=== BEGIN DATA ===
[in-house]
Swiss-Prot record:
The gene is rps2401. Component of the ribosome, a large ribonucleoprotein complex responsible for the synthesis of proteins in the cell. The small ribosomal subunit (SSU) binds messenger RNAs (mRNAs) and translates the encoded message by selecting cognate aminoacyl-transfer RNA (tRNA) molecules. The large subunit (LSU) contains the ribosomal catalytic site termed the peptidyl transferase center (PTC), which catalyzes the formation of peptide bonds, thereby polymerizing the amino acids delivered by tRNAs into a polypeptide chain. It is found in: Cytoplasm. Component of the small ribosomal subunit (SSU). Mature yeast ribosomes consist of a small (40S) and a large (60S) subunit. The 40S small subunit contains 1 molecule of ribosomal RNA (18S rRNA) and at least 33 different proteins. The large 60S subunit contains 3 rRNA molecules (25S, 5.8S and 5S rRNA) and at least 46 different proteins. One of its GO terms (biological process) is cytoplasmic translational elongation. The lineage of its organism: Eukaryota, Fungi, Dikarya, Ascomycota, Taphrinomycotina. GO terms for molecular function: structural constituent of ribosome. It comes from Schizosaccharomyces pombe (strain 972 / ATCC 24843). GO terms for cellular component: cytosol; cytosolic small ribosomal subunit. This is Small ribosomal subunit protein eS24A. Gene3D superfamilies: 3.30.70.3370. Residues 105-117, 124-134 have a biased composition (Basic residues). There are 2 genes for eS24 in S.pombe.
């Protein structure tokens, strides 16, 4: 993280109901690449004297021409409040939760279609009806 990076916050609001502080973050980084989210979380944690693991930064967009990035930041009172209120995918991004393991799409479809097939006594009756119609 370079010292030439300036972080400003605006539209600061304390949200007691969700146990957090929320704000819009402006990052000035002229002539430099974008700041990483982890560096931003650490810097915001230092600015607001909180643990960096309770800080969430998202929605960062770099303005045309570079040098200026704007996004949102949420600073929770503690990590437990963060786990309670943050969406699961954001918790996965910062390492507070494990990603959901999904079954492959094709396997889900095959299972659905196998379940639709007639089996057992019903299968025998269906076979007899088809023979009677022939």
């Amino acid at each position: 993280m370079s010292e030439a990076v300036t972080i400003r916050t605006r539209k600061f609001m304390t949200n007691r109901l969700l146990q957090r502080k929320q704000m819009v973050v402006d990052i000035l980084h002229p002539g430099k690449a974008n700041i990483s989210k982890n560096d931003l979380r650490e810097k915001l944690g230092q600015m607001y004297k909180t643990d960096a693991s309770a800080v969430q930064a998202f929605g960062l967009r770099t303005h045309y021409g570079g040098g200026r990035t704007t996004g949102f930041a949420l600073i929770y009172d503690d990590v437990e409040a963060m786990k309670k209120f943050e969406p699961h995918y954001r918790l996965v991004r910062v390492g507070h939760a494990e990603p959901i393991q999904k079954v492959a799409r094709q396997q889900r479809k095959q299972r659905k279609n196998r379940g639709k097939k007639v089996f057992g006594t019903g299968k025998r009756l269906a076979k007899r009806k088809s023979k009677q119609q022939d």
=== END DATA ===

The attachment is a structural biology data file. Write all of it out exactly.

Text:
[in-house]
Swiss-Prot record:
The gene is rps2401. Component of the ribosome, a large ribonucleoprotein complex responsible for the synthesis of proteins in the cell. The small ribosomal subunit (SSU) binds messenger RNAs (mRNAs) and translates the encoded message by selecting cognate aminoacyl-transfer RNA (tRNA) molecules. The large subunit (LSU) contains the ribosomal catalytic site termed the peptidyl transferase center (PTC), which catalyzes the formation of peptide bonds, thereby polymerizing the amino acids delivered by tRNAs into a polypeptide chain. It is found in: Cytoplasm. Component of the small ribosomal subunit (SSU). Mature yeast ribosomes consist of a small (40S) and a large (60S) subunit. The 40S small subunit contains 1 molecule of ribosomal RNA (18S rRNA) and at least 33 different proteins. The large 60S subunit contains 3 rRNA molecules (25S, 5.8S and 5S rRNA) and at least 46 different proteins. One of its GO terms (biological process) is cytoplasmic translational elongation. The lineage of its organism: Eukaryota, Fungi, Dikarya, Ascomycota, Taphrinomycotina. GO terms for molecular function: structural constituent of ribosome. It comes from Schizosaccharomyces pombe (strain 972 / ATCC 24843). GO terms for cellular component: cytosol; cytosolic small ribosomal subunit. This is Small ribosomal subunit protein eS24A. Gene3D superfamilies: 3.30.70.3370. Residues 105-117, 124-134 have a biased composition (Basic residues). There are 2 genes for eS24 in S.pombe.
């Protein structure tokens, strides 16, 4: 993280109901690449004297021409409040939760279609009806 990076916050609001502080973050980084989210979380944690693991930064967009990035930041009172209120995918991004393991799409479809097939006594009756119609 370079010292030439300036972080400003605006539209600061304390949200007691969700146990957090929320704000819009402006990052000035002229002539430099974008700041990483982890560096931003650490810097915001230092600015607001909180643990960096309770800080969430998202929605960062770099303005045309570079040098200026704007996004949102949420600073929770503690990590437990963060786990309670943050969406699961954001918790996965910062390492507070494990990603959901999904079954492959094709396997889900095959299972659905196998379940639709007639089996057992019903299968025998269906076979007899088809023979009677022939």
């Amino acid at each position: 993280m370079s010292e030439a990076v300036t972080i400003r916050t605006r539209k600061f609001m304390t949200n007691r109901l969700l146990q957090r502080k929320q704000m819009v973050v402006d990052i000035l980084h002229p002539g430099k690449a974008n700041i990483s989210k982890n560096d931003l979380r650490e810097k915001l944690g230092q600015m607001y004297k909180t643990d960096a693991s309770a800080v969430q930064a998202f929605g960062l967009r770099t303005h045309y021409g570079g040098g200026r990035t704007t996004g949102f930041a949420l600073i929770y009172d503690d990590v437990e409040a963060m786990k309670k209120f943050e969406p699961h995918y954001r918790l996965v991004r910062v390492g507070h939760a494990e990603p959901i393991q999904k079954v492959a799409r094709q396997q889900r479809k095959q299972r659905k279609n196998r379940g639709k097939k007639v089996f057992g006594t019903g299968k025998r009756l269906a076979k007899r009806k088809s023979k009677q119609q022939d």